Here the magnetic dipole pseudo-vector is related to the 2-index magnetic dipole tensor,

This gives the ideal dipole magnetic field

except that we have dropped the singular term.

It seems like we’ve discarded some information — only the antisymmetric part of contributed to . What about the symmetric part? This exactly vanishes, and that generalizes to all higher . The proof follows similarly to why vanished above. Use that , and integrate this divergence against ,

What we found is that the completely symmetric part of vanishes (in fact it vanishes even before removing the traces on the indices after the semicolon).

The next step for understanding these magnetic multipole tensors requires a little knowledge of how Young diagrams classify the index symmetries of tensors (ok, maybe not strictly necessary, but this was how I first realized what to do). We know that the tensor lives in the representation labeled by the diagram of shape ,

Now recall that when we tensor-product a vector with some tensor in a
diagram with shape , we generate tensors in irreps related
by adding one box at the end of any allowed row or as a new row
underneath (the decomposition of tensor products into irreps is
determined by the Littlewood–Richardson
rule;
adding one box where allowed is the simplest case. This is
encapsulated in a *Hasse diagram* called Young’s
lattice, which gives
a partial order on Young diagrams, seen in here:

Now, since lives in the representation, we know that tensoring with can produce content in exactly two representations: the diagram, and the diagram, having shapes

However, above we showed that the completely symmetric part, labeled by , vanishes. Therefore, we have shown that each lives in the diagram, and this means the index is antisymmetric with each index.

Because of the antisymmetry between and any one of the ’s, we are free to insert a projector in the space of 2-forms,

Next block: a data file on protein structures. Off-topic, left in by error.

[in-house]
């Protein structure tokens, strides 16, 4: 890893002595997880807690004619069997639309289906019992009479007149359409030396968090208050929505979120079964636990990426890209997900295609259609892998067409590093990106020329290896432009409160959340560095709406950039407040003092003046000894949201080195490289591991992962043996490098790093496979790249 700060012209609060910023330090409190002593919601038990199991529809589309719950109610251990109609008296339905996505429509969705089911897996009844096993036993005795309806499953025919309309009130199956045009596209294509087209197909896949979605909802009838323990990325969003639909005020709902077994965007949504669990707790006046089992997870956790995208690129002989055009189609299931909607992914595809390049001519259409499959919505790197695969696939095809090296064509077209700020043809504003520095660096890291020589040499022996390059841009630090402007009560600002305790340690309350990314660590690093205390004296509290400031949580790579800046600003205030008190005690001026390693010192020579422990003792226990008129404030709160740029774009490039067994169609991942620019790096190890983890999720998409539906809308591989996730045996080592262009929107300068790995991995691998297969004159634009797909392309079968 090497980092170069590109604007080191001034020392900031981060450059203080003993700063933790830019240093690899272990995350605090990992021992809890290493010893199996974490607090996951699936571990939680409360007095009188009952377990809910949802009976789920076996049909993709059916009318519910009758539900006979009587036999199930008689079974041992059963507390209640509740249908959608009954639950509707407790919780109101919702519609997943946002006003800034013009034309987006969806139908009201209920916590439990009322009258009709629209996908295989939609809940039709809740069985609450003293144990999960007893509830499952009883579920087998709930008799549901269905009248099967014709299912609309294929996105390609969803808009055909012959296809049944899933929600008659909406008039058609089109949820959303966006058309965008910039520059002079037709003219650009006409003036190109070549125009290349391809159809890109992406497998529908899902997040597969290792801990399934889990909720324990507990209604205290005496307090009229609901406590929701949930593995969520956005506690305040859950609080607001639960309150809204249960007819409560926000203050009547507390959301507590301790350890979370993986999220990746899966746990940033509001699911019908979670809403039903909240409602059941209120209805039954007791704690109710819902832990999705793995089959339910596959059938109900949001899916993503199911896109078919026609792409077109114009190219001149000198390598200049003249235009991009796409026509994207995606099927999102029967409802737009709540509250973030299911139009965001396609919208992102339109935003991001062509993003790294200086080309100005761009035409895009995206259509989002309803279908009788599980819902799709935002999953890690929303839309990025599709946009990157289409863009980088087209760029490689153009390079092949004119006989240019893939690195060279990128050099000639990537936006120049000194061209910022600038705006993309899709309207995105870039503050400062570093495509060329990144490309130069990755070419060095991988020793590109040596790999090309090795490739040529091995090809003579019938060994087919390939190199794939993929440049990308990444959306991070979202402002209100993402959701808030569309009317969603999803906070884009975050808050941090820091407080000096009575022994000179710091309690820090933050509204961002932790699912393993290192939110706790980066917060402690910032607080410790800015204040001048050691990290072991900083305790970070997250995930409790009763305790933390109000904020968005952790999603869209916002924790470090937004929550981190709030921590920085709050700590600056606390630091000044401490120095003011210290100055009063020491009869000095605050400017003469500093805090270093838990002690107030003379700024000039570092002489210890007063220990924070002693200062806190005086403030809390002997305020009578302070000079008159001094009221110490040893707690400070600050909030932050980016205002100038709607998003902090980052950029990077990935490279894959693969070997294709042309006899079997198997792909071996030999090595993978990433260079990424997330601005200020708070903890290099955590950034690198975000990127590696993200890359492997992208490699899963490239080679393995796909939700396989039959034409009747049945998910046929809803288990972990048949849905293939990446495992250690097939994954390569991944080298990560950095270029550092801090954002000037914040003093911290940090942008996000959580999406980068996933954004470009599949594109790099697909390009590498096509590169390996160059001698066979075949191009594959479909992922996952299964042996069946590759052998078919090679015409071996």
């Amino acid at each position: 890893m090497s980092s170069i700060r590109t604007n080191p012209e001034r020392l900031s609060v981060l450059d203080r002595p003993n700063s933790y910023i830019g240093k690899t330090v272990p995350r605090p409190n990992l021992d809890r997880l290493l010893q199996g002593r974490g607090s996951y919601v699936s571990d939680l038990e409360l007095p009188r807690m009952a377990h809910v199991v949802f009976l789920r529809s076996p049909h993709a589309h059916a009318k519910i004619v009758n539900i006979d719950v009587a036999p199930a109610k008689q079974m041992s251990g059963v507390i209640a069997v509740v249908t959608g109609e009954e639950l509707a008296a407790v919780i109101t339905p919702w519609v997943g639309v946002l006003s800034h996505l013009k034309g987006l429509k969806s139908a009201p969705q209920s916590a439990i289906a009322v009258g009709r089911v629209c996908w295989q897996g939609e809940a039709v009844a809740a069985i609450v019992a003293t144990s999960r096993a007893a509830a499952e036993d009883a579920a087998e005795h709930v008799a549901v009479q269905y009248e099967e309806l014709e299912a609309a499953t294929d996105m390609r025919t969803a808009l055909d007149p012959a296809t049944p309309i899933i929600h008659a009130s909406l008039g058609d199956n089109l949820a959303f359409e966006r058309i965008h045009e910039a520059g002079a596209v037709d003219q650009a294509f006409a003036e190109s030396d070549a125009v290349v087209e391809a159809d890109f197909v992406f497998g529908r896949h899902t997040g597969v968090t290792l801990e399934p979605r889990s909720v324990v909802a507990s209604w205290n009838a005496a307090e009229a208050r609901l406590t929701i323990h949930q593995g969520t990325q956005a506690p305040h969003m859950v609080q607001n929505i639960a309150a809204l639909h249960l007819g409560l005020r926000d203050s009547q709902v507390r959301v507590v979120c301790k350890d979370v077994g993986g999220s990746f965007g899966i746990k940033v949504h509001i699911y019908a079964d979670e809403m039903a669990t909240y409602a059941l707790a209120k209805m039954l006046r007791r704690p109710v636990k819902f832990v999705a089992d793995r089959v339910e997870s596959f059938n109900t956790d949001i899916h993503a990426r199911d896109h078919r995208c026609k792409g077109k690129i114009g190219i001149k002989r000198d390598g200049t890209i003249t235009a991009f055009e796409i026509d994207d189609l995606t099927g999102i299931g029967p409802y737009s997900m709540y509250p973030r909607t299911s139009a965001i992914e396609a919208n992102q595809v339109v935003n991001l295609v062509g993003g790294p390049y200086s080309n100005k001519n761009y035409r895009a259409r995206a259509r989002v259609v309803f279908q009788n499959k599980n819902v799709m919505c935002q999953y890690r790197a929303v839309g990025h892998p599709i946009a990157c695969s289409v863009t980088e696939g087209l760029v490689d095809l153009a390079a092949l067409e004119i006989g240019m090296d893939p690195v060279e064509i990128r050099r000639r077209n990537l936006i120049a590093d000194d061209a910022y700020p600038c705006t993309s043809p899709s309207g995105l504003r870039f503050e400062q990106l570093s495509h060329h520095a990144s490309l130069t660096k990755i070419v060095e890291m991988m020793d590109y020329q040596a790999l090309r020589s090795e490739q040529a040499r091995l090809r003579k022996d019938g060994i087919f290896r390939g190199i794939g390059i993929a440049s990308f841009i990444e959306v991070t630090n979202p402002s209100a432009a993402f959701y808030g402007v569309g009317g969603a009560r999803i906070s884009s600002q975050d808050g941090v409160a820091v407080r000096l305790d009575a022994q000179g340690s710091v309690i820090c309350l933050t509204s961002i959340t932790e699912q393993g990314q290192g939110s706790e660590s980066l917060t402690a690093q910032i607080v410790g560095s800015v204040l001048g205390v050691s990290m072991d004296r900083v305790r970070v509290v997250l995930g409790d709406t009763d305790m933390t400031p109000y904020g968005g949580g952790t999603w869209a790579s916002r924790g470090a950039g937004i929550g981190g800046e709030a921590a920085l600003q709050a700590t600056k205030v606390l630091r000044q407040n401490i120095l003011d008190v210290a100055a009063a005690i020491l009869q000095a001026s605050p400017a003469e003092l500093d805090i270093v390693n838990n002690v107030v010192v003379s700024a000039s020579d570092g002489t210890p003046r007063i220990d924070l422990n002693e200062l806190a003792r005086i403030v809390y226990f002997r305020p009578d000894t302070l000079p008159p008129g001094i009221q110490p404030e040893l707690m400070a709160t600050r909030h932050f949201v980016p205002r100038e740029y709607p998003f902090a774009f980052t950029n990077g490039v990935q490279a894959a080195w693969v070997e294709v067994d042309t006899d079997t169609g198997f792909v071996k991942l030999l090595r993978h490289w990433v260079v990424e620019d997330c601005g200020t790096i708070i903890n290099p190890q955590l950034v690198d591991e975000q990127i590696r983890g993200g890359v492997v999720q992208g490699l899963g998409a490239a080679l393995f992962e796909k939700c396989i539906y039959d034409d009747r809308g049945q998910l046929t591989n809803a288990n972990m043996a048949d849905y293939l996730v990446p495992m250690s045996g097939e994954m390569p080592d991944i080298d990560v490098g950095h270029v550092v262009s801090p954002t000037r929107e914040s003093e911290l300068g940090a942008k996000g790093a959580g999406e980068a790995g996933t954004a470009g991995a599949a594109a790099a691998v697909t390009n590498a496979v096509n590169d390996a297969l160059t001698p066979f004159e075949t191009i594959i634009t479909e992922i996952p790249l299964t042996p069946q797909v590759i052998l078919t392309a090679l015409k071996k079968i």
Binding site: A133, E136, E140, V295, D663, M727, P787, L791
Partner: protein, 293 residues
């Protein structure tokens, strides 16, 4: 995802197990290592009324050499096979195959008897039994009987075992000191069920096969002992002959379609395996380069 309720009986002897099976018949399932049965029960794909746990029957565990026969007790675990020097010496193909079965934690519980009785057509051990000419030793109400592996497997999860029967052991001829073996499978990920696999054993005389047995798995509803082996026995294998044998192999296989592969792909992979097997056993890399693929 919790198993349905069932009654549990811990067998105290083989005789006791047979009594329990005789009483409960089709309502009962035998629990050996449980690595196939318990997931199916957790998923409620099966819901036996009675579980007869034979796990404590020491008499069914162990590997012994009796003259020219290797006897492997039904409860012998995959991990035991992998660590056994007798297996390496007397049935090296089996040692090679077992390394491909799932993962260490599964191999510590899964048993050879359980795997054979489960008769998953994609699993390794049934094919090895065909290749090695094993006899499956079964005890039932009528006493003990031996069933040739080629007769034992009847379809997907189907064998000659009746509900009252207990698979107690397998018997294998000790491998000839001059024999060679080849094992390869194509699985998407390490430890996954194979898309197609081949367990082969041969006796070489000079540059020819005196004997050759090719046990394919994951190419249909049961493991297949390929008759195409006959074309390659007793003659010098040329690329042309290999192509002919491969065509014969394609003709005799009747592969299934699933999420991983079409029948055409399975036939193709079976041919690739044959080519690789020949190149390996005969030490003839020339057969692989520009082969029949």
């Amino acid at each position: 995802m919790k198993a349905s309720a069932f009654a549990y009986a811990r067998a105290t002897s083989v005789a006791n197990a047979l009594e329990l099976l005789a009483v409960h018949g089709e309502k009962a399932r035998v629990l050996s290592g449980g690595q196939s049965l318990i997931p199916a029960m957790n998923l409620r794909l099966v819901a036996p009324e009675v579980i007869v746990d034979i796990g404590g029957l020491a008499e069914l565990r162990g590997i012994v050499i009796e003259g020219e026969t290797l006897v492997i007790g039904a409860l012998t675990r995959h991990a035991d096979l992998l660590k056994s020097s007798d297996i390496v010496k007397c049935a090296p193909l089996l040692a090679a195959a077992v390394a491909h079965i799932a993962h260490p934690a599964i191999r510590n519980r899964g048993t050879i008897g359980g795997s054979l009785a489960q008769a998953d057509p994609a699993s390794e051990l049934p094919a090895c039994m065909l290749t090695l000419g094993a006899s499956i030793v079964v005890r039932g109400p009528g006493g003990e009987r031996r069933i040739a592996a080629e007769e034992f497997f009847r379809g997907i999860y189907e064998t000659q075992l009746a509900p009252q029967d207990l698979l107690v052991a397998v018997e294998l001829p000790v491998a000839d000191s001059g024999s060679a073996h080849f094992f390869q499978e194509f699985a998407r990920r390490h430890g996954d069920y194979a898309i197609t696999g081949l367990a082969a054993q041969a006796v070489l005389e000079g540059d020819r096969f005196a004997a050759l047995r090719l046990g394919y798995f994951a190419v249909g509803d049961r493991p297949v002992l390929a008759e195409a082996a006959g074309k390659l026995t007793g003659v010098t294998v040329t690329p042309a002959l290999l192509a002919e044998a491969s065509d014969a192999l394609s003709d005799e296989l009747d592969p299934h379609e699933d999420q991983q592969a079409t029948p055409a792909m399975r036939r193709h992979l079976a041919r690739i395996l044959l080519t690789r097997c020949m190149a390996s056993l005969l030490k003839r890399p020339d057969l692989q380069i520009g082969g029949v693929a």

This motivates defining an auxiliary tensor , like in the dipole case,

The two minus signs (which cancel) are here to agree with the traditional notation for the magnetic dipole vector. We can insert the integral expression,

What are the symmetries of ? It is obviously symmetric and tracefree on the ’s. It is also easy to see that tracing with any of the ’s would result in a symmetric pair of indices contracting with the tensor in the definition of , so by symmetry-antisymmetry, is tracefree on all indices.

Now we will show that is symmetric on and thus on with any of the ’s. Suppose we split the tensor into parts that are symmetric and antisymmetric on these two indices, . For the antisymmetric part, we could again insert a projector in the space of 2-forms. While evaluating this projector, we have the dual on . But this is simply a trace of : from Eq. \eqref{eq:mstatic-mpole-and-dual-rels},

which vanishes since is tracefree on all the ’s. Since this antisymmetric part of vanished, we found that is STF on all indices.

We can finally restate and in terms of these magnetic STF moments, after a bit of algebra: